Preview the InterSystems laboratory business management system


Tuesday, 01 September, 2015


Software company InterSystems has developed what it claims is the world’s first laboratory business management system (LBMS), due for release in early 2016. The company will be previewing the system at the Australasian Association of Clinical Biochemists (AACB) 53rd Annual Scientific Conference, to be held at Sydney Olympic Park from 15–17 September.

Martin Wilkinson, head of InterSystems’ solutions for the laboratory market, noted that labs will “inevitably need to move from a support service to a business that helps drive better healthcare outcomes”. He claims that today’s laboratory information management systems (LIMS) “fall short of what labs need”; with this in mind, the company has introduced its LBMS to “help customers transform from a reactive testing and results service to a proactive healthcare partner”.

Not only will the LBMS enable laboratories to communicate results electronically, but they will also identify their derivation, including workflows, equipment and personnel involved, regardless of where they are located. Connected care models and shared electronic health records will also see laboratory professionals become more directly involved in patient care, extending their services into hospital wards and other settings.

The company claims its LBMS will provide the following capabilities:

  • Distributed sample processing: Samples may be collected in one location, processed at another, analysed at a third and digitally referred to yet another location for a second opinion.
  • Accountability and process improvement: Complete visibility and control over the testing process — including which tests are running at a profit and which ones at a loss — will enable greater accountability and allow laboratories to continually improve processes and optimise distributed workflows and resources.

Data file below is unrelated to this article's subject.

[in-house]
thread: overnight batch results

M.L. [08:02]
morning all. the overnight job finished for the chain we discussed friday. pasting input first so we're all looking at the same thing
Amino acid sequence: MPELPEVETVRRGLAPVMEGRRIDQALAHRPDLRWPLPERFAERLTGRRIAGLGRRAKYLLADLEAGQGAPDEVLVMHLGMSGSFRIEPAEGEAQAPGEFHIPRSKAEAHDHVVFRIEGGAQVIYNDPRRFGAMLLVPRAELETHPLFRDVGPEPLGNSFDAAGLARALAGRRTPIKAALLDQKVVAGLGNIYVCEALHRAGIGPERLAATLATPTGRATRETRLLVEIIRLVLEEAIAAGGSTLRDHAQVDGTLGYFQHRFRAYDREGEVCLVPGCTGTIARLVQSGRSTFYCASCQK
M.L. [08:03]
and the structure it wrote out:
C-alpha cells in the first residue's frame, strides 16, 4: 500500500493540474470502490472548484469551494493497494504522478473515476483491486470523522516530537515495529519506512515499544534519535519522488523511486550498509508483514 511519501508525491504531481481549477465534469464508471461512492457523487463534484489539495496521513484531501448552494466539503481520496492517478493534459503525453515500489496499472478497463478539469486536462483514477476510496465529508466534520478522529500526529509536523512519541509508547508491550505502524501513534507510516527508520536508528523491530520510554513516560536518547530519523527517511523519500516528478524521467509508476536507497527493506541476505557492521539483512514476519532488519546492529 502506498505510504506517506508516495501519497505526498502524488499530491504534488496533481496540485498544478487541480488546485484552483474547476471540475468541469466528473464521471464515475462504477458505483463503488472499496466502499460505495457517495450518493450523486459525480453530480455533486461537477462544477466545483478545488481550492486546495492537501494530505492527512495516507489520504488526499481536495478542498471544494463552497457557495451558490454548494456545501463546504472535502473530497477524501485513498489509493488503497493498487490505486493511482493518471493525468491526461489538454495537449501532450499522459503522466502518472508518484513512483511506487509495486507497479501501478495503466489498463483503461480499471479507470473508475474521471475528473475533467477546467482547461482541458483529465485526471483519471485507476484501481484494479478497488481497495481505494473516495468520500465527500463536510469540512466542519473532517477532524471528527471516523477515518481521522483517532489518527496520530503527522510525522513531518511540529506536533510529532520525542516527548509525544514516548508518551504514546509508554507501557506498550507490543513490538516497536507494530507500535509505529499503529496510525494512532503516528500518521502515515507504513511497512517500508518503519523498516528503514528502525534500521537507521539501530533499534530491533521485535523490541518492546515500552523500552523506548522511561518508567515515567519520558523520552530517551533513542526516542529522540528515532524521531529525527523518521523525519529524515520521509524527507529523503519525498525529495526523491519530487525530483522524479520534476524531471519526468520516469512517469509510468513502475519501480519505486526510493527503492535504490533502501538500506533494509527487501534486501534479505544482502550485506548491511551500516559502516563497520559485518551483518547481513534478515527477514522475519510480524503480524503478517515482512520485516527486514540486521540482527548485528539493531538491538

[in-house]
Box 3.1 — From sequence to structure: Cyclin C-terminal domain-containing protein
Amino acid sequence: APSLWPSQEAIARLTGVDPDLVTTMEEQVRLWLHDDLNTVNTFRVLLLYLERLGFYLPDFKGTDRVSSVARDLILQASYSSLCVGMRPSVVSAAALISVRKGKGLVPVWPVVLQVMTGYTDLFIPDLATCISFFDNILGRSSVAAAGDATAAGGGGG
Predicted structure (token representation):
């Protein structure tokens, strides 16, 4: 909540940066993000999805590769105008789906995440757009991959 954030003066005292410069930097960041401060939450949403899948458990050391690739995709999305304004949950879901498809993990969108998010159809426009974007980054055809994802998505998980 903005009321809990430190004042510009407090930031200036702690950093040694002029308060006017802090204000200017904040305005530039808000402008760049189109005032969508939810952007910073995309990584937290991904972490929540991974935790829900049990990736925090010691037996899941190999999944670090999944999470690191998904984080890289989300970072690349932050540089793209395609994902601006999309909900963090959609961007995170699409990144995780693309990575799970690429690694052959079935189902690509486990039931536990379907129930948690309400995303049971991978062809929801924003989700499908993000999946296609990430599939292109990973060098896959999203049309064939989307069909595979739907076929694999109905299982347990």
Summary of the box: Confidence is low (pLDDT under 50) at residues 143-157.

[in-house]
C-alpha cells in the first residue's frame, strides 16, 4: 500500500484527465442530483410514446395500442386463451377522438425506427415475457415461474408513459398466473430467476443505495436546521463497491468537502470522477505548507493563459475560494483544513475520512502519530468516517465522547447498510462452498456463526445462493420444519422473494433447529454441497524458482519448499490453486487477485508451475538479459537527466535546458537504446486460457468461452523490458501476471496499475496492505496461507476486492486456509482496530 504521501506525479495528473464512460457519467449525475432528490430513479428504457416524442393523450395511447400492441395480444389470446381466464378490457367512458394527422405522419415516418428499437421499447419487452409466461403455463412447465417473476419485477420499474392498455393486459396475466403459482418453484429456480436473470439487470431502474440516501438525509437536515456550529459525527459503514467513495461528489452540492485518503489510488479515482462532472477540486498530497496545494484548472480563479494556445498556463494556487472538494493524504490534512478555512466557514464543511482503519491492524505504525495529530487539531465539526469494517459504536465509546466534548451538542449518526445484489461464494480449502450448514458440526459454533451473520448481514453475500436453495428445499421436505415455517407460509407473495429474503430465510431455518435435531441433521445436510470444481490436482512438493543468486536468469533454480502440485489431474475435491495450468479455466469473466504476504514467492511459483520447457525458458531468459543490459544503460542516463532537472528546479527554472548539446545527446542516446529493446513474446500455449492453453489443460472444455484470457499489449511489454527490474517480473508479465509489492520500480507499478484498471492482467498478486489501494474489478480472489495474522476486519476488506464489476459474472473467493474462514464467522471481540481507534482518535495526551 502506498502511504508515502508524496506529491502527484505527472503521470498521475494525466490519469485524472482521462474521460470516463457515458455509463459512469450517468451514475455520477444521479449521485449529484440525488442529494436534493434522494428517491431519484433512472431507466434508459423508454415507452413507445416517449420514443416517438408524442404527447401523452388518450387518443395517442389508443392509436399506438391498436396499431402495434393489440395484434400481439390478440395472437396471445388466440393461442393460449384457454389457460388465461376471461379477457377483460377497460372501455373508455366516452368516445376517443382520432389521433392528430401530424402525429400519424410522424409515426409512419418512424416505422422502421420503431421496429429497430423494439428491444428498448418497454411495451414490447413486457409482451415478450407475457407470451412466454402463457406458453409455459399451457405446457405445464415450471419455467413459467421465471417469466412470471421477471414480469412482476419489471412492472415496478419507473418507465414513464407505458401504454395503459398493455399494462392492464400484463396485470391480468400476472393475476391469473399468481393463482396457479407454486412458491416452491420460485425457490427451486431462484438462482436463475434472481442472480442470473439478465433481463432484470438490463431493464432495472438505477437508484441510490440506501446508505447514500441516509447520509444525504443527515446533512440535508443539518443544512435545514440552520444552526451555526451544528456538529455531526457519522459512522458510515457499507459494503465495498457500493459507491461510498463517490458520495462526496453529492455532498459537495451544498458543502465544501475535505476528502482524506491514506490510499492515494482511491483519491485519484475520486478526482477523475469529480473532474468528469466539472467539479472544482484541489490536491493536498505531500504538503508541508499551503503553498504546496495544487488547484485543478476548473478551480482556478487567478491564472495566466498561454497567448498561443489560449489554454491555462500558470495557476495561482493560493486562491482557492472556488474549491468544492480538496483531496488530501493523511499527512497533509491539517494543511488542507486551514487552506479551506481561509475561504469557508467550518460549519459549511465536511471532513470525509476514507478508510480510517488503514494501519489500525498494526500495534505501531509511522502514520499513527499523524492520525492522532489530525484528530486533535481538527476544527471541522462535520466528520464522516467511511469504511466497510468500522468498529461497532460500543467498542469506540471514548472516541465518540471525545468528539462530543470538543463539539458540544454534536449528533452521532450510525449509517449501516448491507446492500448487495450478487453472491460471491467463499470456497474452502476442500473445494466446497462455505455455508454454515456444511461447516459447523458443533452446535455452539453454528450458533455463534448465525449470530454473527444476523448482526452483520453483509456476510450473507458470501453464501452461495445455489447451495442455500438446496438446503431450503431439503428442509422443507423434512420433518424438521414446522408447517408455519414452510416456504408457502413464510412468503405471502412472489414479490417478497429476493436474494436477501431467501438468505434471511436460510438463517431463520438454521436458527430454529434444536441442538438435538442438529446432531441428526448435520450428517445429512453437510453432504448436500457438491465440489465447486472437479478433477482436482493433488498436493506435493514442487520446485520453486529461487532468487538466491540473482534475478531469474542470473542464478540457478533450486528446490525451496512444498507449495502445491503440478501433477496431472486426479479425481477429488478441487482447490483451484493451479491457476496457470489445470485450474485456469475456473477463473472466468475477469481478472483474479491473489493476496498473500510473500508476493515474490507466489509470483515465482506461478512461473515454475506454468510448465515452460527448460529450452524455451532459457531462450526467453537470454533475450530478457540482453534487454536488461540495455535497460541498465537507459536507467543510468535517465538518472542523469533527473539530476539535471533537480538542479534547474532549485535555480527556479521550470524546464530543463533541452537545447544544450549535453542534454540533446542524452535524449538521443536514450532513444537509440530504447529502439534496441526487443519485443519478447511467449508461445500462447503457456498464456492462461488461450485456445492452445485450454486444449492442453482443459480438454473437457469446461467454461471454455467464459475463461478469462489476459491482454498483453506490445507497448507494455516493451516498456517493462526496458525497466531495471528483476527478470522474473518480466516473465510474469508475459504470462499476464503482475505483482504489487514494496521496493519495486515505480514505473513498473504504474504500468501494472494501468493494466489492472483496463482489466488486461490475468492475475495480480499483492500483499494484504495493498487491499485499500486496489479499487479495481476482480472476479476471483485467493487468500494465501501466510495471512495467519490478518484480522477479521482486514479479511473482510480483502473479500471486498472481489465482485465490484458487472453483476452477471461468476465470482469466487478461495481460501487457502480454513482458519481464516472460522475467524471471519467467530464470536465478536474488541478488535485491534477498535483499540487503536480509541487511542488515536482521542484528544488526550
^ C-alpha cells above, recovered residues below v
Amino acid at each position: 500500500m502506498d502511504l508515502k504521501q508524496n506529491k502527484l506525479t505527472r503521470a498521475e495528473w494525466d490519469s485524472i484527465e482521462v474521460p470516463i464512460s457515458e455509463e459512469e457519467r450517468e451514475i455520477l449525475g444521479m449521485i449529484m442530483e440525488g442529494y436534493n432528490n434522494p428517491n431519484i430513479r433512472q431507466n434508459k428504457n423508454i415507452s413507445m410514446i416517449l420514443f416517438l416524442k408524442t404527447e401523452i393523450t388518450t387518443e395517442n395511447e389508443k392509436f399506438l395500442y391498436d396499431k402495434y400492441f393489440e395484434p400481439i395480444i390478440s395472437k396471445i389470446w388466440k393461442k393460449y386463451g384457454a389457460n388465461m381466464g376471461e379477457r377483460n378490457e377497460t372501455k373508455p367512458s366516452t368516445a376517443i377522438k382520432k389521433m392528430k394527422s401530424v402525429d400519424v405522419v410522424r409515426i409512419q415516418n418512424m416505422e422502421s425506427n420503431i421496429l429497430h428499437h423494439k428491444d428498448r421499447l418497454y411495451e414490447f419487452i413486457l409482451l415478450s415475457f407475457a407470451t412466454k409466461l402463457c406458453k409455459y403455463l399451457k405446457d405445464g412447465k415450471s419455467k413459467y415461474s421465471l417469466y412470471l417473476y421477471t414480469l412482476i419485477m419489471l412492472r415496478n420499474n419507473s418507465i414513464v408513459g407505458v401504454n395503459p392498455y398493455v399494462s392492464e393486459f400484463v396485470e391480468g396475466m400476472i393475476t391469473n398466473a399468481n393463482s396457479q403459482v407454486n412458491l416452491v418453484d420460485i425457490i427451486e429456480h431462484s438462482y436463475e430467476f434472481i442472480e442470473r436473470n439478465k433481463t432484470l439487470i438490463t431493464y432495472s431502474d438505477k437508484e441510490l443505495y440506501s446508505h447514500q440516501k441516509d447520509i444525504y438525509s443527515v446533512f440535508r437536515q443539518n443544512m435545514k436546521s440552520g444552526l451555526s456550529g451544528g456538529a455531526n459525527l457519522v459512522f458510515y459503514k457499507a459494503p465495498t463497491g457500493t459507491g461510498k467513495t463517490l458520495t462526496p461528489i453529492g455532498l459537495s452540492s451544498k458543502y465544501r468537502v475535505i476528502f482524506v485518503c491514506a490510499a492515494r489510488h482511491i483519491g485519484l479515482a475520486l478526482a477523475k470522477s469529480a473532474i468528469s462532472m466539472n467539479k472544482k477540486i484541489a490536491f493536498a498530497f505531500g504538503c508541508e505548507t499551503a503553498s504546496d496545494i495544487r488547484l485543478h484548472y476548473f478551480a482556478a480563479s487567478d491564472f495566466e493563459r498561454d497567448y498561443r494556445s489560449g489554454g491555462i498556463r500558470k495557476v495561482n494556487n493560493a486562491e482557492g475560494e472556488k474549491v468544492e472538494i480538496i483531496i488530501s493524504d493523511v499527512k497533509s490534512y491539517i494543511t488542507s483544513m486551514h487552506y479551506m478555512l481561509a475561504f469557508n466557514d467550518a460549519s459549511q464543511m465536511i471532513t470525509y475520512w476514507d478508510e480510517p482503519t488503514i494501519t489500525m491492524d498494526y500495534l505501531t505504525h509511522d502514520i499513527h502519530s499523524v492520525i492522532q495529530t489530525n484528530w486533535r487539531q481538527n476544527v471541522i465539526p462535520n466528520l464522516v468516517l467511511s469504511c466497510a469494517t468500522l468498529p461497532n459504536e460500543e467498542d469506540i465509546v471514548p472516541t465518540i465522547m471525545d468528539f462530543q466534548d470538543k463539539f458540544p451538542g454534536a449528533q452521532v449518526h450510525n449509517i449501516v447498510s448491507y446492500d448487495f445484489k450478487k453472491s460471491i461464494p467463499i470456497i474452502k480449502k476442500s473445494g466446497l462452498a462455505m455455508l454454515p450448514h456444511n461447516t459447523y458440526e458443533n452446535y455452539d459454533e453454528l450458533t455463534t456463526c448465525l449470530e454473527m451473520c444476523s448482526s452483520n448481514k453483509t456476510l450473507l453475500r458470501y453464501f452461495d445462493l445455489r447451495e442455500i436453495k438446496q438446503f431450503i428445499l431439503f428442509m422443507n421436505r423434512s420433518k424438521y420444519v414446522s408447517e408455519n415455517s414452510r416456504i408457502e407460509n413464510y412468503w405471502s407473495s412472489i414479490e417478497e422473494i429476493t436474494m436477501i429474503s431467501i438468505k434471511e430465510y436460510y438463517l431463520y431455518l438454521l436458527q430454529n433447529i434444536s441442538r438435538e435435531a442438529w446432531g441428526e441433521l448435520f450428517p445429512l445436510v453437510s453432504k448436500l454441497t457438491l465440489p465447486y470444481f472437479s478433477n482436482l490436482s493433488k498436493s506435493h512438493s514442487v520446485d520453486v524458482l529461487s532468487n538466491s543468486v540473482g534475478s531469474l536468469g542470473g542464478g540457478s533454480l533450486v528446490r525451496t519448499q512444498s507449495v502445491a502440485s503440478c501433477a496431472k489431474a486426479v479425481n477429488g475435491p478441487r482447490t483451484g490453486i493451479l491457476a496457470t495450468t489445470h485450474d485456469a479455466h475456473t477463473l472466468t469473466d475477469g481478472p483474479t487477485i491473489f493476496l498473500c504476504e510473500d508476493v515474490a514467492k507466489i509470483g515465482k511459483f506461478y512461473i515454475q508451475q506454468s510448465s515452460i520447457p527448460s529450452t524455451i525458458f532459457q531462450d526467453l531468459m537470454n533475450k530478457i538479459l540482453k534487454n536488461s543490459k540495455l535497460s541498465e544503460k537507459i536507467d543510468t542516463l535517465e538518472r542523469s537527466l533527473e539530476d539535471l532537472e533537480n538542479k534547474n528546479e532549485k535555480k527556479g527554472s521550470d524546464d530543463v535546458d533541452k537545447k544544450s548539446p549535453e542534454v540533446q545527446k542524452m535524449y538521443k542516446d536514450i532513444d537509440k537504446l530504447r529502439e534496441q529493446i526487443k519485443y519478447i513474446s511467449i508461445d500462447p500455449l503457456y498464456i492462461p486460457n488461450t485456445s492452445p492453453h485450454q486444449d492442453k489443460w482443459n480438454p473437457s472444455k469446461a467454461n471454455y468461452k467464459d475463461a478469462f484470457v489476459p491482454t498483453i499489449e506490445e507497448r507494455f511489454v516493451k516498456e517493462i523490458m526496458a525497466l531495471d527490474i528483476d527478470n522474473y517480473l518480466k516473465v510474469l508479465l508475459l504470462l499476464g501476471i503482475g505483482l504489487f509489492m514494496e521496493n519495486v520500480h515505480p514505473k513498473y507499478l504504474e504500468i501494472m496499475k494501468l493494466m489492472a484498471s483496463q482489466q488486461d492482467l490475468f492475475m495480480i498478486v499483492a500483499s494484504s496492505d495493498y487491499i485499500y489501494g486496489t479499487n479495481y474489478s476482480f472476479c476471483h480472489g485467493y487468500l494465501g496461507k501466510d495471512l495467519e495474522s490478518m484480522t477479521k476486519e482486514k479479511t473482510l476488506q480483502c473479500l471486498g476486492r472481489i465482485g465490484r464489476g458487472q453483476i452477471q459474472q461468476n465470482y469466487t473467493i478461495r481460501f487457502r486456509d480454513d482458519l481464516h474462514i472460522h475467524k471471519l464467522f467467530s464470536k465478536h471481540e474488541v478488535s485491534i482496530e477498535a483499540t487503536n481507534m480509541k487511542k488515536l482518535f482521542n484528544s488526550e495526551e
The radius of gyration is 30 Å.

• Efficiency through automation: Standard operating procedures with full auditability will not only support distribution of workflows across multiple sites, but also drive further automation by decreasing the percentage of tests requiring manual intervention.
  • Patient-centric care: Support for connected care models will put patients at the centre of the testing process with a contiguous pathology patient record, integrated within the electronic health record, including all test data — including point-of-care test results.
  • Quality assurance: Lab professionals will extend quality assurance outside of the laboratory using asset management functionality for equipment data, with maintenance events viewed and analysed alongside patient test results.

To preview the InterSystems LBMS, visit Booth 32 at the AACB 53rd Annual Scientific Conference.

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